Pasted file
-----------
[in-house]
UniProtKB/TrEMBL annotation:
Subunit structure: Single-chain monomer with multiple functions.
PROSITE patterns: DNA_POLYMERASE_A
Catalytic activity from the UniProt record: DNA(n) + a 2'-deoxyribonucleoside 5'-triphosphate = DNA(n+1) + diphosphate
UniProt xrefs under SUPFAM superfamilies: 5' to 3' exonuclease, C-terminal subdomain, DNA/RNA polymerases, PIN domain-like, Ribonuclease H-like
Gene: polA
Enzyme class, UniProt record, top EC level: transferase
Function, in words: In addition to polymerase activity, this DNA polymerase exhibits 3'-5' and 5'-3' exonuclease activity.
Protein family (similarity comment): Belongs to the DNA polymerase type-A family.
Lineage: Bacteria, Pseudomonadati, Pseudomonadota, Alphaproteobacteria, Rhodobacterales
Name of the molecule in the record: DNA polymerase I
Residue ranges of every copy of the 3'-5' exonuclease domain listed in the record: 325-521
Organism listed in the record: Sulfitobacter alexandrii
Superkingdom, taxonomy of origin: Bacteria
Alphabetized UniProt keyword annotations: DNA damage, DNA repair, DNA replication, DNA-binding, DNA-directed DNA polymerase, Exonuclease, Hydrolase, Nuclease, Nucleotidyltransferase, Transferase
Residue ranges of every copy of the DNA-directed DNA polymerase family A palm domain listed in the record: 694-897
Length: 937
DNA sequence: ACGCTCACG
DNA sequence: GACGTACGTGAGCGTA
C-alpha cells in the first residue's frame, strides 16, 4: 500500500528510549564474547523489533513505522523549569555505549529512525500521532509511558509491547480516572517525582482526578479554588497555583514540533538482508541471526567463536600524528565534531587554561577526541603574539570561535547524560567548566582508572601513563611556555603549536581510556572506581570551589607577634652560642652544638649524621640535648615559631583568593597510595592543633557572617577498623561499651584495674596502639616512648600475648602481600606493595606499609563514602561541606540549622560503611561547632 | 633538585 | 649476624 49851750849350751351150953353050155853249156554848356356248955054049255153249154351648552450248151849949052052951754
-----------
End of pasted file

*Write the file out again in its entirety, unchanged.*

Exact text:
[in-house]
UniProtKB/TrEMBL annotation:
Subunit structure: Single-chain monomer with multiple functions.
PROSITE patterns: DNA_POLYMERASE_A
Catalytic activity from the UniProt record: DNA(n) + a 2'-deoxyribonucleoside 5'-triphosphate = DNA(n+1) + diphosphate
UniProt xrefs under SUPFAM superfamilies: 5' to 3' exonuclease, C-terminal subdomain, DNA/RNA polymerases, PIN domain-like, Ribonuclease H-like
Gene: polA
Enzyme class, UniProt record, top EC level: transferase
Function, in words: In addition to polymerase activity, this DNA polymerase exhibits 3'-5' and 5'-3' exonuclease activity.
Protein family (similarity comment): Belongs to the DNA polymerase type-A family.
Lineage: Bacteria, Pseudomonadati, Pseudomonadota, Alphaproteobacteria, Rhodobacterales
Name of the molecule in the record: DNA polymerase I
Residue ranges of every copy of the 3'-5' exonuclease domain listed in the record: 325-521
Organism listed in the record: Sulfitobacter alexandrii
Superkingdom, taxonomy of origin: Bacteria
Alphabetized UniProt keyword annotations: DNA damage, DNA repair, DNA replication, DNA-binding, DNA-directed DNA polymerase, Exonuclease, Hydrolase, Nuclease, Nucleotidyltransferase, Transferase
Residue ranges of every copy of the DNA-directed DNA polymerase family A palm domain listed in the record: 694-897
Length: 937
DNA sequence: ACGCTCACG
DNA sequence: GACGTACGTGAGCGTA
C-alpha cells in the first residue's frame, strides 16, 4: 500500500528510549564474547523489533513505522523549569555505549529512525500521532509511558509491547480516572517525582482526578479554588497555583514540533538482508541471526567463536600524528565534531587554561577526541603574539570561535547524560567548566582508572601513563611556555603549536581510556572506581570551589607577634652560642652544638649524621640535648615559631583568593597510595592543633557572617577498623561499651584495674596502639616512648600475648602481600606493595606499609563514602561541606540549622560503611561547632 | 633538585 | 649476624 49851750849350751351150953353050155853249156554848356356248955054049255153249154351648552450248151849949052052951754